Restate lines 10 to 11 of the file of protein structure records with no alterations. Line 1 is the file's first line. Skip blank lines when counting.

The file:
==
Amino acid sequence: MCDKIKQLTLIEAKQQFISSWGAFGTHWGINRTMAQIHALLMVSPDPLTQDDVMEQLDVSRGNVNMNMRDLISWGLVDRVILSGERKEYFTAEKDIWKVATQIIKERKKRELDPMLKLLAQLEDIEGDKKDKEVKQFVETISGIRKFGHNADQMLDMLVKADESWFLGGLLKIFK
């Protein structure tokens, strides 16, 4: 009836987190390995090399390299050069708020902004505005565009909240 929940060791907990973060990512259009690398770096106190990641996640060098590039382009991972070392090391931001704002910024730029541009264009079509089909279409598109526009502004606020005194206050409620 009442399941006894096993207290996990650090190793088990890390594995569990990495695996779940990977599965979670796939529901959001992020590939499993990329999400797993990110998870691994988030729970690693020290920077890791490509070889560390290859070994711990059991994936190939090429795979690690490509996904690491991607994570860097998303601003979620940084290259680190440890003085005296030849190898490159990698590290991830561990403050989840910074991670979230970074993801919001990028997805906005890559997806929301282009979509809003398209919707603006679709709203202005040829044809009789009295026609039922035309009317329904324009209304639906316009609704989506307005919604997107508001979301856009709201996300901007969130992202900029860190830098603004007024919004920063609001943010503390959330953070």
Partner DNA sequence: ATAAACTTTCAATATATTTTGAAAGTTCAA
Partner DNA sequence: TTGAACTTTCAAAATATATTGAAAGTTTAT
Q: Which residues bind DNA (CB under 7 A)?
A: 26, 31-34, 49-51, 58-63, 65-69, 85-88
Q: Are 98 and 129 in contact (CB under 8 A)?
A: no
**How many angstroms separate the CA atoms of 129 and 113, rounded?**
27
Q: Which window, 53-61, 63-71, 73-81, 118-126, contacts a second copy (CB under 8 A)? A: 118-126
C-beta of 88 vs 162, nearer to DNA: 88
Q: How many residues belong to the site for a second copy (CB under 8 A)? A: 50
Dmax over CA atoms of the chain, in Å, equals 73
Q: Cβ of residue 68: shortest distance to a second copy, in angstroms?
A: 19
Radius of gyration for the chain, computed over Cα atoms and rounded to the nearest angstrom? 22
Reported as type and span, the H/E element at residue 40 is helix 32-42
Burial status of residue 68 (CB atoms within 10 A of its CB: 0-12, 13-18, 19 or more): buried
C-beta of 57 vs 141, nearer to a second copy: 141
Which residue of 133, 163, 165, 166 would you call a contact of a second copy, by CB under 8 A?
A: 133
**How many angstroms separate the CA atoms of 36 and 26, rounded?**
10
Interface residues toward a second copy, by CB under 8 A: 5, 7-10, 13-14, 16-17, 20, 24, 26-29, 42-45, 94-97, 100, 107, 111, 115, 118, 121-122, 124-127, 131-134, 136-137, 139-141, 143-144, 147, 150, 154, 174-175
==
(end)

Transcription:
27
Q: Which window, 53-61, 63-71, 73-81, 118-126, contacts a second copy (CB under 8 A)? A: 118-126